Entry-level hatchbacks losing market share; expect to see even fewer models

No all-new product under development in this space by any carmaker.

By:Updated: Jul 04, 2021 6:10 AM


Entry-level hatchbacks —cars shorter than 3,600 mm in length and engine smaller than 1.0-litre — continue to lose traction amongst customers because of which manufacturers have also slowed down on new models and variants. In FY19, hatchbacks formed 13.6% of passenger vehicle (PV) sales, and had five popular models — Maruti Suzuki Alto, old Wagon R, Hyundai Eon, Renault Kwid and Tata Nano. In FY20, their share dropped to 10.6%, with Tatas discontinuing the Nano and Hyundai the Eon, and Maruti Suzuki discontinuing the old Wagon R, but launching the S-Presso. In FY21, the share further dropped to 9.8%, with just three models (Alto, S-Presso and Kwid), and marginally increased to 9.9% in the first five months of CY2021.

Analysts maintain that the drop in share was expected, with first-time car buyers choosing either a sub-4 metre sedan or a sub-4 metre utility vehicle (UV), and even cars above Rs 10 lakh. In FY21, the share of sub-4 metre UVs increased to 20%, from 15.6% in FY20; even the share of midsize, expensive UVs (`10-20 lakh price range) increased from 10.1% in FY20 to 11.8% in FY21. “Cars are aspirational products,” said an analyst who did not wish to be quoted. “Look at what happened with the Nano. A car is much more a vehicle that takes you from point A to B.”

Saket Mehra, automotive leader and partner, Grant Thornton Bharat, told FE that even as the mini-segment (entry-level hatchbacks) declined in FY21, the premium segment grew. “Within UVs, models priced up to Rs 20 lakh saw robust growth — those of Kia grew 9%, Maruti Suzuki (10%), Hyundai (17%), MG Motor (36%) and Tata Motors (48%). As an aggregate, UVs posted strong sales (12.13%) and production figures (4.04%) as compared to the previous fiscal,” he said. Easy financing options available in the market have helped car buyers proactively consider pricey cars — the EMI difference between a sub-4 metre UV and an entry-level hatchback works out to be just about Rs 3,000, said a banking expert.

“With better in-car features offered and ease of financing alternatives, car buyers are upgrading to midsize sedans, compact SUVs or premium hatchbacks. For first-time buyers, capable alternatives to entry-level hatchbacks are also found in the used-car market,” said Mehra. Som Kapoor, partner, automotive sector, EY India, added that initially hatchbacks were the first car for most Indian buyers, followed by entry-level sedans, and now compact SUVs are taking that place. “In urban markets in particular, the average car-buying age is coming down, and younger buyers, in general, prefer good driving dynamics, customisation and a lot of technology features on the dashboard (some of which may not be available in entry-level hatchbacks), over traditional features such as fuel efficiency,” Kapoor said.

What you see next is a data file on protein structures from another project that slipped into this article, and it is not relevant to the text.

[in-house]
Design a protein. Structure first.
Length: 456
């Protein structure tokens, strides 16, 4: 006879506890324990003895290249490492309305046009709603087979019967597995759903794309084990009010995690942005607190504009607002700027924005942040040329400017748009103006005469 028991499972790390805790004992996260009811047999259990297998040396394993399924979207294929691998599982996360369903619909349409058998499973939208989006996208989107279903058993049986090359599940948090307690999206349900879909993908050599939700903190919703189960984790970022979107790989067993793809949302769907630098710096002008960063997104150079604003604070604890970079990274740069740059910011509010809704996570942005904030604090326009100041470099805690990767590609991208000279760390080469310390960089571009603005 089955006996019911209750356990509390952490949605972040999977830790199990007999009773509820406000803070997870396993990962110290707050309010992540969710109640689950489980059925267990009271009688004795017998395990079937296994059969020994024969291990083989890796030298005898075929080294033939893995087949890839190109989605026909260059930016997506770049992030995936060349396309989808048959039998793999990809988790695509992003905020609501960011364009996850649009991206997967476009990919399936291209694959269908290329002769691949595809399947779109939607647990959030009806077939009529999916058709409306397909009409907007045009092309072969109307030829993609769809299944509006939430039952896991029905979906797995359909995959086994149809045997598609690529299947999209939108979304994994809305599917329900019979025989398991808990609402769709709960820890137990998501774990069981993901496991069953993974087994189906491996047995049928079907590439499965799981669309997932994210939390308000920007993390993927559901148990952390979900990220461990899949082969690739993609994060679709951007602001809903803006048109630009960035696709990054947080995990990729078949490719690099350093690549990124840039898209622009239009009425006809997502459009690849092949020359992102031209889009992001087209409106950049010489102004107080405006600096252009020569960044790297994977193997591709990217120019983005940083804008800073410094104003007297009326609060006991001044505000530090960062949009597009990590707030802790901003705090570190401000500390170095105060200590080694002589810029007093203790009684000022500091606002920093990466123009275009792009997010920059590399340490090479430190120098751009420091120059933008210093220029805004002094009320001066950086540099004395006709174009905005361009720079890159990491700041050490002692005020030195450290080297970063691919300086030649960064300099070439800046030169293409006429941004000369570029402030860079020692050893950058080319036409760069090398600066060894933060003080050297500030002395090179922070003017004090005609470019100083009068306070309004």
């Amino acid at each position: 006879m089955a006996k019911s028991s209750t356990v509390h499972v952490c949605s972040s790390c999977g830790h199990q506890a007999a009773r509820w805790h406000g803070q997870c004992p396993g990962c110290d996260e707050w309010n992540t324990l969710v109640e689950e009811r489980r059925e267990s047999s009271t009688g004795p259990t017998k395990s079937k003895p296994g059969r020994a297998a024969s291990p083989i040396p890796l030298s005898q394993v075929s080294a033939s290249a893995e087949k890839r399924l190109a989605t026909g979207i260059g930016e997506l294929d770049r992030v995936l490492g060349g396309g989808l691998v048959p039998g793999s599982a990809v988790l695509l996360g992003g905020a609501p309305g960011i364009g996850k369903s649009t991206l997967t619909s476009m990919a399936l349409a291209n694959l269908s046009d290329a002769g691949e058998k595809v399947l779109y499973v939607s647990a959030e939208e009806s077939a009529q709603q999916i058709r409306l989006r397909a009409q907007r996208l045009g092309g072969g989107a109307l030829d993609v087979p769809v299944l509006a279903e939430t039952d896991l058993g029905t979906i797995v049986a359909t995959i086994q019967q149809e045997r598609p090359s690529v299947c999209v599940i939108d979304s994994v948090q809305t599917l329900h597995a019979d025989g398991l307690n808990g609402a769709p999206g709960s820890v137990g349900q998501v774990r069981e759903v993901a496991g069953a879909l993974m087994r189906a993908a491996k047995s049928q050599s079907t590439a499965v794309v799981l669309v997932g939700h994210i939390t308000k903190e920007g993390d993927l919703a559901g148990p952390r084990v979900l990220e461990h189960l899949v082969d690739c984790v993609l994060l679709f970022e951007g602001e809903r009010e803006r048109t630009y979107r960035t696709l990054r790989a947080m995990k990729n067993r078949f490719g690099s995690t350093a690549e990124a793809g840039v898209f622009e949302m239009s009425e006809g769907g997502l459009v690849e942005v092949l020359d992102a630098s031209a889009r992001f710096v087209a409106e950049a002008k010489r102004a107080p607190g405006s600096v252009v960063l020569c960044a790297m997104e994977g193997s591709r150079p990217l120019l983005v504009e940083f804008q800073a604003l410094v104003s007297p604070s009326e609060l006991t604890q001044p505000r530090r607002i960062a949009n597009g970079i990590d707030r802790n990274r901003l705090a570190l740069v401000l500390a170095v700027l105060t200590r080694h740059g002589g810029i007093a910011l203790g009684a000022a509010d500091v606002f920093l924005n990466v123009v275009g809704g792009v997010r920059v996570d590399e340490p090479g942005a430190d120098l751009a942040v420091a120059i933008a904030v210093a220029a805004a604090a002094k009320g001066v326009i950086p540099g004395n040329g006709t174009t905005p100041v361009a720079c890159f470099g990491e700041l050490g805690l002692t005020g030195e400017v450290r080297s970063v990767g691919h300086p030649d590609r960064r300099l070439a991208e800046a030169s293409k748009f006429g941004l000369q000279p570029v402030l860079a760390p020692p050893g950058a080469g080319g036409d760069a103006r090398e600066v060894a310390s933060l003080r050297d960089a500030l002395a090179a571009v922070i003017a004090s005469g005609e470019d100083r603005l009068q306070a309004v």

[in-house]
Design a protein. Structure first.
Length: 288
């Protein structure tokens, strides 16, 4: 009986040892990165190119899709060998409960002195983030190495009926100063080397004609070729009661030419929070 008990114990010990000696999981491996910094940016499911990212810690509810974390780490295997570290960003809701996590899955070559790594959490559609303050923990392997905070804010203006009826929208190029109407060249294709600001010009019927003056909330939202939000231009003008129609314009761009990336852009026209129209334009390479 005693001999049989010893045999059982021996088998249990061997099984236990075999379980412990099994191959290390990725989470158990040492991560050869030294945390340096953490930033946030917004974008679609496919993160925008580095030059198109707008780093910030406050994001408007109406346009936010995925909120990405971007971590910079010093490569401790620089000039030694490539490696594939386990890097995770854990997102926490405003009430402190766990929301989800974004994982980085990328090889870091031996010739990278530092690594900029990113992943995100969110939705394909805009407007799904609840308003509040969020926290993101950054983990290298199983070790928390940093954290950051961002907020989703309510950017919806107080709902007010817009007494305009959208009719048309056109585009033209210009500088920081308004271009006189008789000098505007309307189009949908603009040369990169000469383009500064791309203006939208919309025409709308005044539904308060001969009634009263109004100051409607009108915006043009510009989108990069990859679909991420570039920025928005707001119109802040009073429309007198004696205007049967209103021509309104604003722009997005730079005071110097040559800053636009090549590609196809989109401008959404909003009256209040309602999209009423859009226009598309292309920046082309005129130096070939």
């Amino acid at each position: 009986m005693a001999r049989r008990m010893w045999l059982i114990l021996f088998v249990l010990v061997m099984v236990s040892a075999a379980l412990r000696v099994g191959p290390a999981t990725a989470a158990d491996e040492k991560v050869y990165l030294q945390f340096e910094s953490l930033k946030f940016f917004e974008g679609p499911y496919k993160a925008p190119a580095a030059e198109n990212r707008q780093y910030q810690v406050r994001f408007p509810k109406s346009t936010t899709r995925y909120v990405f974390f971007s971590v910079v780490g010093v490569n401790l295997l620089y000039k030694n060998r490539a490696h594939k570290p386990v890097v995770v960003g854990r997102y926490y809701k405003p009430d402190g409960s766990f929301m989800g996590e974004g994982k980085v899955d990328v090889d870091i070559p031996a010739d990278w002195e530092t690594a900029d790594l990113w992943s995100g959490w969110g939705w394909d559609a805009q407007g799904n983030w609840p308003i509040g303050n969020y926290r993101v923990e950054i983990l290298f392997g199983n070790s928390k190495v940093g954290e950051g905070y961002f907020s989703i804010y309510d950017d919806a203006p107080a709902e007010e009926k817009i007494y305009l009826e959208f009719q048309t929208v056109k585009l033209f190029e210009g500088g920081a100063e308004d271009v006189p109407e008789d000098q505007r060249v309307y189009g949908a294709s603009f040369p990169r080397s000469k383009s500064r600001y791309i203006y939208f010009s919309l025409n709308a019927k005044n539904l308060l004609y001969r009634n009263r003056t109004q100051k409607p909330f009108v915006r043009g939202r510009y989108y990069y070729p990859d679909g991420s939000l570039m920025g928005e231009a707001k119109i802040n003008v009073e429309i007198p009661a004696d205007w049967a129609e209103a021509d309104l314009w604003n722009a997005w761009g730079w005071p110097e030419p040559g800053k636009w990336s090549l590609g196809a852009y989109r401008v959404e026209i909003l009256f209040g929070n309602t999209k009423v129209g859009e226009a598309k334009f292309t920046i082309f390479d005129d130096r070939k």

The Covid-19 second wave is also expected to hit sales of entry-level hatchbacks, with buyers either shifting to the used-car market or delaying purchases. Preetam Mohan Singh, senior vice-president, automotive, Praxis Global Alliance, said due to the second wave, the entry-level segment has seen an adverse impact in the last quarter. “We forecast further decline in new car sales, especially in entry-level segment, due to the fear of an impending third wave in Q3FY21,” he said. With no all-new product under development in this space by any carmaker, expect to see even fewer entry-level hatchbacks on the roads. Gaurav Vangaal, associate director, IHS Markit, said while Maruti Suzuki is expected to launch the all-new Alto early next year, no other carmaker will enter this space. “Margins are low in this space, and you need to sell in high volumes to even recover investment costs. I doubt any carmaker will develop an all-new entry-level hatchback in the near future,” he said.

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